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Eid at the North Coast

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In Sahel’s Club M and Tabla Cairo seemed a world away

One of the beaches in Marina on Egypt's North Coast, Photo by Haddara

One of the beaches in Marina on Egypt’s North Coast, Photo by Haddara

By Mostafa Salem

If you were standing in the three hour car queue to get into Diplo, or actually upgraded from last year and managed to get into Hacienda (which might be harder to get into than heaven itself) then congratulations, you were finally in the club. Do not get ahead of yourself though, the club I am talking about is one that admires pretentiousness and hates the Muslim Brotherhood.

If you are the person I just described, do not worry, this article is not only directed at you but also directed at Sahel-goers who acted like they are tired of being in the scene and would rather go chill in a friends cabin by the lagoon in Hacienda. You, my friend, are still pretentious. However, it is not directed at all of you who tried to create a new trend of being different by not being in the scene. You guys require a separate article.

Pretentious is a big word though, but try to explain to me the fun in wasting many hours of your three day holiday trying to get to an overly crowded rather average beach, bearing in mind that you may not even get in. Nonetheless, Sahel in Eid had a variety of activities throughout the day and night that guaranteed sun, fun and complete relaxation.

If you did manage to wake up at 3pm, with the sun still up, and drove about 50km from the place you were staying in, got through the three hour car queue and fooled security to get in, (always fun), there were a still number of necessities in order to fit right in. For guys this year it was all about the haircut; shaved sides and you were good to go. Outfits were also specific; no Vilebrequin, these are so 2009 and they are too long, this year needed the tighter distinctly shorter trunks and the big hit were the brightly coloured, gym cut-off, loose, Jersey Shore-style shirts.

For the girls the dress code required focused on beach wear; if you were not wearing a Victoria Secret’s fringe bikini you should not have bothered leaving your 6th of October compound pool. It was a given that you carried an icebox, because where else would you keep your premium vodka. Tech-house and deep house are hot right now so it was imperative to bring your speakers, even if you had trouble hearing your music because of all the other speakers around but nobody cared, it was all about being seen and fitting in.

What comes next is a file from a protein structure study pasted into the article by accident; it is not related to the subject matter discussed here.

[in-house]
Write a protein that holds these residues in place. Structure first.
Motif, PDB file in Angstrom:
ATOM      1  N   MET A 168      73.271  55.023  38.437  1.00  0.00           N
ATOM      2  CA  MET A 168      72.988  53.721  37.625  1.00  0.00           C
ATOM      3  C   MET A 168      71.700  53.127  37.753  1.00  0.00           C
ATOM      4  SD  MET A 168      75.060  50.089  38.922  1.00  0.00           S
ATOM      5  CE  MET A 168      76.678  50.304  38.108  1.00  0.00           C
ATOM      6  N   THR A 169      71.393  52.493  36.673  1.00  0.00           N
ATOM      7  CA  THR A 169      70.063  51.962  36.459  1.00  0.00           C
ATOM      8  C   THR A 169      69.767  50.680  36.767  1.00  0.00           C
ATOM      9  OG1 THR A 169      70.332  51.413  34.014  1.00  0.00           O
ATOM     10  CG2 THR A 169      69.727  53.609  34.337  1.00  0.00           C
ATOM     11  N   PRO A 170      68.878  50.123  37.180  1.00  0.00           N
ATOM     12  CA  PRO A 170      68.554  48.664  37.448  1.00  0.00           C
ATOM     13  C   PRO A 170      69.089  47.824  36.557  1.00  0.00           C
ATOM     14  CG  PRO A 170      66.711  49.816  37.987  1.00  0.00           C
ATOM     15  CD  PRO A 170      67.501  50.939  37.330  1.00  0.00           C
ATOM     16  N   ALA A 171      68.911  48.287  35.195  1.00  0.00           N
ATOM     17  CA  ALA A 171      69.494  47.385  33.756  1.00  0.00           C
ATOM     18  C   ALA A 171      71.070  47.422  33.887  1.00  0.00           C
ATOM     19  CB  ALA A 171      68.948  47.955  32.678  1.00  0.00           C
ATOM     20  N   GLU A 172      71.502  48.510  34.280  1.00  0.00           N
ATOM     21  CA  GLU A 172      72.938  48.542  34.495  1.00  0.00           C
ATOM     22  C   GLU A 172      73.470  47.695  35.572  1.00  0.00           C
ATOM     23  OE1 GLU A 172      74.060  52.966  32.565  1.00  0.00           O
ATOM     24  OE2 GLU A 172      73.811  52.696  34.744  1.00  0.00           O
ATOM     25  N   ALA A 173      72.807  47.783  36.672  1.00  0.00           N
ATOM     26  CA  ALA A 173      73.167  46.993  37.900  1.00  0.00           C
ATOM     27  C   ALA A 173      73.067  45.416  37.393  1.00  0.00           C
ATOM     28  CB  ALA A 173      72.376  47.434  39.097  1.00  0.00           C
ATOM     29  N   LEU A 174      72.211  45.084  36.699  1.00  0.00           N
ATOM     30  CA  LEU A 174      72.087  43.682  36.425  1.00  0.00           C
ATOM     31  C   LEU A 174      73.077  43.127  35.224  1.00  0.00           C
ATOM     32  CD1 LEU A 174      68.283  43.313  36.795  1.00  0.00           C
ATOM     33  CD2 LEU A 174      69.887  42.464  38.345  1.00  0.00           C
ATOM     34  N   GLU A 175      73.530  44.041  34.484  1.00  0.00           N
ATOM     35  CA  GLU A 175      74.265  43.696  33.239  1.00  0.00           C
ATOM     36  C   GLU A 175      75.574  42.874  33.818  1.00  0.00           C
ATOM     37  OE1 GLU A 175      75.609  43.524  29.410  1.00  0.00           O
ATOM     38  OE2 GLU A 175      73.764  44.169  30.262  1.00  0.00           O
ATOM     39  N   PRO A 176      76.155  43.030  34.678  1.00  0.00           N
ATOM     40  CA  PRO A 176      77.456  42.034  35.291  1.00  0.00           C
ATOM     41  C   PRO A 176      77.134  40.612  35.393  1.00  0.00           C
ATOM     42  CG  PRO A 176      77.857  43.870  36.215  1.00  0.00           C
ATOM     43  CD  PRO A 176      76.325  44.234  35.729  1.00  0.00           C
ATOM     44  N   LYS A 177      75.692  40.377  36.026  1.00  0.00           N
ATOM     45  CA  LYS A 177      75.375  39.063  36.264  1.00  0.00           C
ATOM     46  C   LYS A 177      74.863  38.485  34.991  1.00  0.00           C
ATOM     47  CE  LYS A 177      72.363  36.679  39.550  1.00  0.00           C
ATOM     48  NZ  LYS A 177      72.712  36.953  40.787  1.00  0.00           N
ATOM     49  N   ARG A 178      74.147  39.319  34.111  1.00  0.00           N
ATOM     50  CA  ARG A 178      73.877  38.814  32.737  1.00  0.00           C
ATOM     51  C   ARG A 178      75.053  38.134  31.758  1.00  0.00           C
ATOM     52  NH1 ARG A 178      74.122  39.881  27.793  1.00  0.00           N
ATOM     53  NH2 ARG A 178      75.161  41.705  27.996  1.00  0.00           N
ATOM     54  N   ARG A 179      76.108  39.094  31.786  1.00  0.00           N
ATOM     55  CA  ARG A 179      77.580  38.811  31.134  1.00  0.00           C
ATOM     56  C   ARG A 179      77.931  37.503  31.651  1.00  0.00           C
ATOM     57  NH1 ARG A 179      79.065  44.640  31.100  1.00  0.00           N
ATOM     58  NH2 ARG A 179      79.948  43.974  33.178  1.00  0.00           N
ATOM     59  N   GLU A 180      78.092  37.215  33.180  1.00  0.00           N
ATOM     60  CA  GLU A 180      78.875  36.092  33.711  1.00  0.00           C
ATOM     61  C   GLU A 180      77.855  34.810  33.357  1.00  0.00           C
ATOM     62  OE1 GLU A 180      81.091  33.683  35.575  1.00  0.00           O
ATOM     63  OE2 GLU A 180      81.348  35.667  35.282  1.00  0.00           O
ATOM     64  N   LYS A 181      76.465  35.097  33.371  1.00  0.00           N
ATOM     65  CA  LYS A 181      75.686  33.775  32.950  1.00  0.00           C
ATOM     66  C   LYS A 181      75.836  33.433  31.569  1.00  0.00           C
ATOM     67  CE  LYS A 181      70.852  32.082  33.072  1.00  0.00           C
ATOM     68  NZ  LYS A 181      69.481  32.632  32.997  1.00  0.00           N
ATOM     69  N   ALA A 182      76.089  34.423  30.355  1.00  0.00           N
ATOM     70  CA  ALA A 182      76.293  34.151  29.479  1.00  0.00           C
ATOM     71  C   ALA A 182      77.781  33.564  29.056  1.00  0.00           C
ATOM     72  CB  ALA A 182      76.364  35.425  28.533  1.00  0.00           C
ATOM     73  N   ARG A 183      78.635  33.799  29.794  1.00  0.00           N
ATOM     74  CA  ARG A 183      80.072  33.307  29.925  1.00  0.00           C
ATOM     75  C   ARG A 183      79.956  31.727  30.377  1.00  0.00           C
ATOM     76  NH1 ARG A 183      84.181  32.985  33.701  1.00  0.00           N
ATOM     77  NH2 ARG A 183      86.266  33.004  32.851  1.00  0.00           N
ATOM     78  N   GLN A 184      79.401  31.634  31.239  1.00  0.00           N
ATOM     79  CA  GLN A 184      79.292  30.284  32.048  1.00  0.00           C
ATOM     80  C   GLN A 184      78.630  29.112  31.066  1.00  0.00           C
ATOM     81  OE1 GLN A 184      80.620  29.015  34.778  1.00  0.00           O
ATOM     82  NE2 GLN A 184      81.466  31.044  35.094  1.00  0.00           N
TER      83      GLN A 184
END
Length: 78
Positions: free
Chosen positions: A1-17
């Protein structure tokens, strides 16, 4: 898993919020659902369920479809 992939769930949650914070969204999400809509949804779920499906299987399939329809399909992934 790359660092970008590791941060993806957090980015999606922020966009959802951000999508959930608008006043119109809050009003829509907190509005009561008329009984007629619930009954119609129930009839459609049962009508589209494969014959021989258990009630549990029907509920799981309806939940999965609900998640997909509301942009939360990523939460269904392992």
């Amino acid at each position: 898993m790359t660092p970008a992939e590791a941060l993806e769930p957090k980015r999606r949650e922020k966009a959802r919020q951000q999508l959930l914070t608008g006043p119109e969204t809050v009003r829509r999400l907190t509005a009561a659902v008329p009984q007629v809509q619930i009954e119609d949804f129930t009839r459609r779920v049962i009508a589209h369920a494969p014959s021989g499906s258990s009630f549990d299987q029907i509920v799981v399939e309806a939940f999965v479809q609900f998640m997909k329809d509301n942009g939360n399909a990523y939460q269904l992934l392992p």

Part of enjoying a day on the beach for many was getting as drunk as possible during the morning and then venturing out in search of food. Deciding where to go to eat was as important as getting nightclub tickets. For those fully dedicated to their ostentatious persona and in possession of a strong stomach, there was only one choice: Andrea outside Hacienda. Attempting to forage there was not without peril; the owner does not easily allow everyone to enjoy his delicious grilled chicken. Those who did not fit the exact picture of being from the scene would be welcomed with a harsh word. The cost of relaxation true Sahel-style is always high.

The nightlife was much more politically profound and meaningful than the day. Those not going to Samakmak for a good cultural fix, with prostitutes dancing around you, were off to the other classier side. The new hot trend in clubs in Sahel was the Arabic bee’aa (low class) theme. The competition between different clubs this Eid entailed having bellydancers and performances by Egyptian artists such as Sama Al Masry and Oka and Ortega. Due to recent political events bellydancers shimmyed to Egyptian nationalistic songs, allowing club goers to share their rejection of the Muslim Brotherhood in unity. No one ever said anything about Sahel-ists not being politically articulate.

All jokes aside, the only possible explanation for the bizarre Eid in Sahel last week is that there is a certain class of Egyptians trying to distance themselves from any other class by going through a lot of trouble. This fixation pushed many vacationers into destroying their holiday; just to not be associated with other people they look down on. May we suggest you stop looking down and up, the pretentious will always find someone to look down on and chances are you will be next.

For those still trekking north this weekend: just enjoy your vacation. Sunday is a workday and university starts in two weeks. Find a nice beach with good company, listen to the music you want to listen to and stop thinking about what people you do not know think of you. It is your break, so enjoy it.

 

 

 


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